Phil van Hooser is a professional colleague and someone with whom I have had an opportunity to have several very productive business discussions. Like me, his focus is on helping leaders become even more exceptional than they already are. His new book Leaders Ought To Know released exactly one week ago, and I am thrilled that he agreed to guest on today’s edition of the blog.
I had a birthday recently, and if nothing else, my fifty-six years on Planet Earth have taught me the wisdom and value of preventing problems before they happen. So after my annual physical examination last week, I headed straight to my dentist for a checkup. On my way home, I stole a quick peek at my car’s odometer noting that in another 1,700 miles an oil change will be due. In life and work, I’ve found it’s far better to catch and correct problems while they’re still small and manageable. Unnecessary delays offer opportunities for rather simple problems to morph into bigger challenges requiring more time, effort and resources to correct.
Think about it: Shouldn’t leaders work to prevent problems before they happen? Like my doctor, my dentist and my mechanic, leaders should realize that preventive leadership questions and corresponding actions require a fraction of the cost, time and stress that would be realized if these same questions and issues were left unasked and unattended. In his groundbreaking work, The 7 Habits of Highly Effective People, Dr. Stephen Covey reminded us to “begin with the end in mind.” Rather than waiting, hoping and praying that some leadership problem won’t materialize, preventive leaders initiate preemptive strategies designed to negate problems at the outset.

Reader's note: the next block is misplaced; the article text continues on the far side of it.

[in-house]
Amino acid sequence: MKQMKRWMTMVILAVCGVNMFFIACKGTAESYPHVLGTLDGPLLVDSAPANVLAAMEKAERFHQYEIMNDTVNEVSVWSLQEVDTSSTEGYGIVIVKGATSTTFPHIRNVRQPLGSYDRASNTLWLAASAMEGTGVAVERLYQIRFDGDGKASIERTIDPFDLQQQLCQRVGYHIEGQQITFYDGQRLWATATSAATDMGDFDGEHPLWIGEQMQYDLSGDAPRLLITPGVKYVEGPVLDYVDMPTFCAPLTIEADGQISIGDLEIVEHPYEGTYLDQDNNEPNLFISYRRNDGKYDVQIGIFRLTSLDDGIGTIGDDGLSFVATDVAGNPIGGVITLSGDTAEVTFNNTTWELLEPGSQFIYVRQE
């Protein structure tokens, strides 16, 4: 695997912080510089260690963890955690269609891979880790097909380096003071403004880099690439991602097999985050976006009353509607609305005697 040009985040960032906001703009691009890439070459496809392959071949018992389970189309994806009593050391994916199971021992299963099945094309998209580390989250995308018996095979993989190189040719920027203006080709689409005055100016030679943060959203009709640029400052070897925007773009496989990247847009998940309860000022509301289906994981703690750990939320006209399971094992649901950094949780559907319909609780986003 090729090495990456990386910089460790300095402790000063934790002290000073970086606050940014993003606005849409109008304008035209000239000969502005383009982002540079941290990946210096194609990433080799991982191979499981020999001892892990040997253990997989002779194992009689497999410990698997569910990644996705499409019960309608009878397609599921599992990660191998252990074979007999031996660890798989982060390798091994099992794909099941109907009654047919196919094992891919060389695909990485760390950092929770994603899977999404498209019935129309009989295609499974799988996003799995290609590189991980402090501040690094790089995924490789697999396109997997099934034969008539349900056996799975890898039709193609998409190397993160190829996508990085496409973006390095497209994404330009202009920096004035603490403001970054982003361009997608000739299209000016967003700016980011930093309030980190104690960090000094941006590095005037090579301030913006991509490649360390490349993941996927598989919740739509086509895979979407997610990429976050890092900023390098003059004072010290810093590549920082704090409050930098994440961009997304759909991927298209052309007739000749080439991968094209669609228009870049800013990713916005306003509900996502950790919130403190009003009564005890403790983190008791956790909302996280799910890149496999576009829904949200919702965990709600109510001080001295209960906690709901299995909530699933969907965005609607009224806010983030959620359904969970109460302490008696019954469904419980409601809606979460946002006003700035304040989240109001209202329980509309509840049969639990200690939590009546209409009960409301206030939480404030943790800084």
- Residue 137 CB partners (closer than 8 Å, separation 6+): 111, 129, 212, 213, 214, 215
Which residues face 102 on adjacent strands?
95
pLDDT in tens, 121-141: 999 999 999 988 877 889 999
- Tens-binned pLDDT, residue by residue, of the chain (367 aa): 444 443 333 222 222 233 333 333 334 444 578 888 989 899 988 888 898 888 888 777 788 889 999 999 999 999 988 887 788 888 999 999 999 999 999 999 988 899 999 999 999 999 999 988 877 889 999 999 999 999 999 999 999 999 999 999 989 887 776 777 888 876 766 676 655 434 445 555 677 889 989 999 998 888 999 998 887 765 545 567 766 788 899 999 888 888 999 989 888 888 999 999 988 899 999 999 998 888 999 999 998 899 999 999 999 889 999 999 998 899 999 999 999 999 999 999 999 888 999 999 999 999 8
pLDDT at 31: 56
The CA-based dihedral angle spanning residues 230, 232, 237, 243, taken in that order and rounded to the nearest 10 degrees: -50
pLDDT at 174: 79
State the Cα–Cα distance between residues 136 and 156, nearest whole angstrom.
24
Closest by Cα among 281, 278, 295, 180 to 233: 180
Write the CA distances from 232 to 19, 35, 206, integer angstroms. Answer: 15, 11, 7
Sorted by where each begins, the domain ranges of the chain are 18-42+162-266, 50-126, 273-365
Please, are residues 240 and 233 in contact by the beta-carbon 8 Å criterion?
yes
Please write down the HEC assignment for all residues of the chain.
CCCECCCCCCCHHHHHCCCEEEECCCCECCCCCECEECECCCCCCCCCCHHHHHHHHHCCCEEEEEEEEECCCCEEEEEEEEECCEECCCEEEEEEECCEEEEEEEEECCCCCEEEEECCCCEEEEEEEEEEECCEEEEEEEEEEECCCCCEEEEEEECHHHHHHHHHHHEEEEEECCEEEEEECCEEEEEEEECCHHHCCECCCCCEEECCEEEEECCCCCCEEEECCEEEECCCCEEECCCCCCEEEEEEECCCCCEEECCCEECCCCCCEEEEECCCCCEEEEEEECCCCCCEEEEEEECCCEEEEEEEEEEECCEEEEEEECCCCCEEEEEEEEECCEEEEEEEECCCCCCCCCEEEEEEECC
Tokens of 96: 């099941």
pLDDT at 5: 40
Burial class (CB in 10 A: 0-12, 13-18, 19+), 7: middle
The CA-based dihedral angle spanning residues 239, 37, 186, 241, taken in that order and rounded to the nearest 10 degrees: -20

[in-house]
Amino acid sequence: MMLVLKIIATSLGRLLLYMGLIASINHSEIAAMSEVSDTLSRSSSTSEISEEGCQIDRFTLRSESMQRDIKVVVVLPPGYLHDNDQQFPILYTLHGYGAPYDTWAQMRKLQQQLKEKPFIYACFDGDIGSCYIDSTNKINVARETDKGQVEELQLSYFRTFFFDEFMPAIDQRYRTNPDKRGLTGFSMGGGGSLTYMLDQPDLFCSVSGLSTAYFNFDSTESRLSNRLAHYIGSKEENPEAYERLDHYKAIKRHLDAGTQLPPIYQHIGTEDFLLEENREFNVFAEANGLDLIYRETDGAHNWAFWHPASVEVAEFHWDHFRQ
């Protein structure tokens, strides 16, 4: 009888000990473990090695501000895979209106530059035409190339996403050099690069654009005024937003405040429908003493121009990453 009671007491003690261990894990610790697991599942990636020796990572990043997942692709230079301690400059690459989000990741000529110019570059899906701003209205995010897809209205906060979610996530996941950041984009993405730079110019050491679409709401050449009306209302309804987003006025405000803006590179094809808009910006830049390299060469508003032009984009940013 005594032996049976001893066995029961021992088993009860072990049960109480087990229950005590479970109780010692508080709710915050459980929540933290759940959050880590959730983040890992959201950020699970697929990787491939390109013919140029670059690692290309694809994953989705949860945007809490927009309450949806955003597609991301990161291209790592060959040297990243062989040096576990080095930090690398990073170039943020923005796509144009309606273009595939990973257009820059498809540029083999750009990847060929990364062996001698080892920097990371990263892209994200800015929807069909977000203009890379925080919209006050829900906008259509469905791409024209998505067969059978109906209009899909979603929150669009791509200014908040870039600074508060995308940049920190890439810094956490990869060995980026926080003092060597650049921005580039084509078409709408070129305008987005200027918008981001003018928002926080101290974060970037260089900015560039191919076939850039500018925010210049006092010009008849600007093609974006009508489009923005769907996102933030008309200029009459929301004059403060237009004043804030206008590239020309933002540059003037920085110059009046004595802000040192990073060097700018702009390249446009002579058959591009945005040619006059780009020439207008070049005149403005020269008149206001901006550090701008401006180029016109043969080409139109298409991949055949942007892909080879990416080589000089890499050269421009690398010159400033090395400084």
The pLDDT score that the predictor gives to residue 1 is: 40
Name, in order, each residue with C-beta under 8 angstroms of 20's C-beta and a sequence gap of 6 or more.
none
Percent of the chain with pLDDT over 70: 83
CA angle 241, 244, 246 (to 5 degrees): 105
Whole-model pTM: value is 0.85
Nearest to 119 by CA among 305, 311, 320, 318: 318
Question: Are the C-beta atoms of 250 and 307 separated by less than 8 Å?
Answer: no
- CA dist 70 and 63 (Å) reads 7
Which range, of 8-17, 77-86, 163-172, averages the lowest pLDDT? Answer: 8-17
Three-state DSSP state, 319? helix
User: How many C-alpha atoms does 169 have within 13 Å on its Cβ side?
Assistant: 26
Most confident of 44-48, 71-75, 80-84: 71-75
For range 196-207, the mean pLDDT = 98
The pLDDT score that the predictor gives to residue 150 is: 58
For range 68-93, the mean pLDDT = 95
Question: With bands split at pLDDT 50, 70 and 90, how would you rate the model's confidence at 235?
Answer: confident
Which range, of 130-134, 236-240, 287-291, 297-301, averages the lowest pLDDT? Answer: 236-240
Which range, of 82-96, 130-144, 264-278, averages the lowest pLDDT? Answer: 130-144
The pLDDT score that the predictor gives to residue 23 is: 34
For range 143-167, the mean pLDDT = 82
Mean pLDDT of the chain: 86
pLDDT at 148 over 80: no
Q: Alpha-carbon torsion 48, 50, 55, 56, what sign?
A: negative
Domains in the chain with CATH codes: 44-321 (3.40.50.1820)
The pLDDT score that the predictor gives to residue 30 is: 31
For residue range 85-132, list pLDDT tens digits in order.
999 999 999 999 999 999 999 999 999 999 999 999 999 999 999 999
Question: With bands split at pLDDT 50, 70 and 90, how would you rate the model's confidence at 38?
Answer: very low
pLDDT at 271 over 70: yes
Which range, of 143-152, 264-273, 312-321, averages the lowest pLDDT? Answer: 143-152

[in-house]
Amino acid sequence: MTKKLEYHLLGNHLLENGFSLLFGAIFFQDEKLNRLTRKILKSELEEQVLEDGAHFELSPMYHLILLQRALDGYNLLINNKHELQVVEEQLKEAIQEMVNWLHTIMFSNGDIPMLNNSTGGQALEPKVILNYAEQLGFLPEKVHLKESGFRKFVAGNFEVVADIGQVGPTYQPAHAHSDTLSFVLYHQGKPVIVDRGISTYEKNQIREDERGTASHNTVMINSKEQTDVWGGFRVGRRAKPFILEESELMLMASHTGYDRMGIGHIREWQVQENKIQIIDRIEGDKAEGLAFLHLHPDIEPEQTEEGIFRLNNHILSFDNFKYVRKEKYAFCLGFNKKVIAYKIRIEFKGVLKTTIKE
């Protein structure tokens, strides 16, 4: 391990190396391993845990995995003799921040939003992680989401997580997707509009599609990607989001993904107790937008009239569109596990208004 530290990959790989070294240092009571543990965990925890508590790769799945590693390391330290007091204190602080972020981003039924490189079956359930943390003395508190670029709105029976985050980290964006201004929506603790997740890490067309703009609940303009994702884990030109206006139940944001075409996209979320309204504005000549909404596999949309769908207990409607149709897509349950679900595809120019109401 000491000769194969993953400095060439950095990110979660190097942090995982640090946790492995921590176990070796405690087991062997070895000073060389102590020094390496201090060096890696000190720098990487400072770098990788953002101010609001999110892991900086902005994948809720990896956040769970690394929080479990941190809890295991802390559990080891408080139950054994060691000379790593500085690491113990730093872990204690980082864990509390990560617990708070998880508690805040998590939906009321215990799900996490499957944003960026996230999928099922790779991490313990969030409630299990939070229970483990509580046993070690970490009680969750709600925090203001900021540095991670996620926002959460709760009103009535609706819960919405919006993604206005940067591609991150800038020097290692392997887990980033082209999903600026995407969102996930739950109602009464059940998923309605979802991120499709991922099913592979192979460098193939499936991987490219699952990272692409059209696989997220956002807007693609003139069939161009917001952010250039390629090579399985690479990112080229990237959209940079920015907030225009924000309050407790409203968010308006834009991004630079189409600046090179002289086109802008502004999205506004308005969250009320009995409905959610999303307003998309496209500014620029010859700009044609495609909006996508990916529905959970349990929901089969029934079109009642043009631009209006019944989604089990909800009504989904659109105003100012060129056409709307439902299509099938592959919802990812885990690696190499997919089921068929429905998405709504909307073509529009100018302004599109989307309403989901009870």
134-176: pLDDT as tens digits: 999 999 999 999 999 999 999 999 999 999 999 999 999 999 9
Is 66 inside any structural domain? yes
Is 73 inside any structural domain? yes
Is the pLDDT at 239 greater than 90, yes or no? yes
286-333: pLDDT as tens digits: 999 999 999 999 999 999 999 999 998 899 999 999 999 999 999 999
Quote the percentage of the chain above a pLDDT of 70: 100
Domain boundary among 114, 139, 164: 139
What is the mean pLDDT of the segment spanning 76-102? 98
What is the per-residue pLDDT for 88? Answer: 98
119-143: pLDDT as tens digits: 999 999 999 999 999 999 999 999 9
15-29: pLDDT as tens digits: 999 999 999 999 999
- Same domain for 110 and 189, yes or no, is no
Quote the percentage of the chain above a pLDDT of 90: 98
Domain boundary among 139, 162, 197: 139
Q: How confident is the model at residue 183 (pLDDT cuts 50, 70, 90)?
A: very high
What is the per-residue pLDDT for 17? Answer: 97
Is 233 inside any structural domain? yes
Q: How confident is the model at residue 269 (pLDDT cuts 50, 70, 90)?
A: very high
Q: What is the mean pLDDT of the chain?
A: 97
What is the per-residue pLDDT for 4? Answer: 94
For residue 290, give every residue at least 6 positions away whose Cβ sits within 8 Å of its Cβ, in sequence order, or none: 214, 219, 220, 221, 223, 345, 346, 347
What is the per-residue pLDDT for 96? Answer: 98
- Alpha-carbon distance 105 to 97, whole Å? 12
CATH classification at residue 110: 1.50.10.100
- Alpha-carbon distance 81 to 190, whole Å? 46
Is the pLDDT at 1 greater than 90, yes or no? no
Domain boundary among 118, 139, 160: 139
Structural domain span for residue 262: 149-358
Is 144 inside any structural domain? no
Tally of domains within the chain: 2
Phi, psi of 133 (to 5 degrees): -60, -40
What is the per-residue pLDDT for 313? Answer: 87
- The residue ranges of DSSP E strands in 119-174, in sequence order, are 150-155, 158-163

As I write in my new book, Leaders Ought To Know: 11 Ground Rules for Common Sense Leadership, “Preventive leaders ask ‘why’ then apply that information to activities like team building, problem solving and decision making.” Here is an example to get you thinking. Ask an employee a “why” question, like “Why are you delaying a decision on this project which may impact the fulfillment deadline?” Then go beyond the “why” and ask, “Why not have your managers submit weekly project updates to inform your decision?”
And while we’re thinking about prevention, here are four questions smart leaders should ask to prevent their own leadership problems.
- How am I doing?
- What have I messed up lately?
- What should I be doing better?
- What would you like me to do about that situation?
Phillip Van Hooser is a leadership expert and keynote speaker, and author of the newly-published book Leaders Ought to Know: 11 Ground Rules for Common Sense Leadership. You can reach him through the book’s website.
So, what are you doing to take preventive action as a leader? Is it easy or difficult? Share your perspectives please by adding to the Comments link below.